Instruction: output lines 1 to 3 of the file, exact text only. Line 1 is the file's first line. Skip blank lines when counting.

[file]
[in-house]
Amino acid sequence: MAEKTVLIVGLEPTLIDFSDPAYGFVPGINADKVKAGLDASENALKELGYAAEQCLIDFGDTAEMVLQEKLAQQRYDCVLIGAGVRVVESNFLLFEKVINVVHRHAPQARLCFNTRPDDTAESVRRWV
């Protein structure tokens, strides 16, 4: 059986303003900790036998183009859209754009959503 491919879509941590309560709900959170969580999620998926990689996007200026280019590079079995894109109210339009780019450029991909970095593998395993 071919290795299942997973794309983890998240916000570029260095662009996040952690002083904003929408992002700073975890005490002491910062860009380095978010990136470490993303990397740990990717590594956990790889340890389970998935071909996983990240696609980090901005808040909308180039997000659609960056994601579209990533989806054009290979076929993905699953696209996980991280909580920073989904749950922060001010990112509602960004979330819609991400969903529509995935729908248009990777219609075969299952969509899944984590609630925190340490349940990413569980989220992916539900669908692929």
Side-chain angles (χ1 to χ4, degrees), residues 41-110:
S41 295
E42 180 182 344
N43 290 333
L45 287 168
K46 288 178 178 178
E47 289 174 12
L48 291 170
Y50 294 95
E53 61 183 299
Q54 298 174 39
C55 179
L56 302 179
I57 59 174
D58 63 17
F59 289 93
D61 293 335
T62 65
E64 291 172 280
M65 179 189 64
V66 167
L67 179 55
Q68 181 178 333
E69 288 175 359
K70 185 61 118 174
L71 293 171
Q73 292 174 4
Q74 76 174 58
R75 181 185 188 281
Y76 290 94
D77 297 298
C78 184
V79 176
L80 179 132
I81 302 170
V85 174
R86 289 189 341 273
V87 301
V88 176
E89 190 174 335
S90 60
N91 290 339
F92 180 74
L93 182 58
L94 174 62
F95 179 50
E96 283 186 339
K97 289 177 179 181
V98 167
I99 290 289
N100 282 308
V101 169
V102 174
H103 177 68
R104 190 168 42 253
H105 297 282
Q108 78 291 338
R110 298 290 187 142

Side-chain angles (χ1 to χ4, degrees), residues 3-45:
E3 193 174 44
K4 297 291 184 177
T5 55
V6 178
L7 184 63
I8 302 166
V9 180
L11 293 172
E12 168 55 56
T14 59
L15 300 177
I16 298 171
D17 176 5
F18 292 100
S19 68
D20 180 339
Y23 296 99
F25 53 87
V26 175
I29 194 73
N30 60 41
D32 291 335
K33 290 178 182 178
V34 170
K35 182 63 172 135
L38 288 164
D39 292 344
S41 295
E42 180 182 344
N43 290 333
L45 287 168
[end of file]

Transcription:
[in-house]
Amino acid sequence: MAEKTVLIVGLEPTLIDFSDPAYGFVPGINADKVKAGLDASENALKELGYAAEQCLIDFGDTAEMVLQEKLAQQRYDCVLIGAGVRVVESNFLLFEKVINVVHRHAPQARLCFNTRPDDTAESVRRWV
């Protein structure tokens, strides 16, 4: 059986303003900790036998183009859209754009959503 491919879509941590309560709900959170969580999620998926990689996007200026280019590079079995894109109210339009780019450029991909970095593998395993 071919290795299942997973794309983890998240916000570029260095662009996040952690002083904003929408992002700073975890005490002491910062860009380095978010990136470490993303990397740990990717590594956990790889340890389970998935071909996983990240696609980090901005808040909308180039997000659609960056994601579209990533989806054009290979076929993905699953696209996980991280909580920073989904749950922060001010990112509602960004979330819609991400969903529509995935729908248009990777219609075969299952969509899944984590609630925190340490349940990413569980989220992916539900669908692929």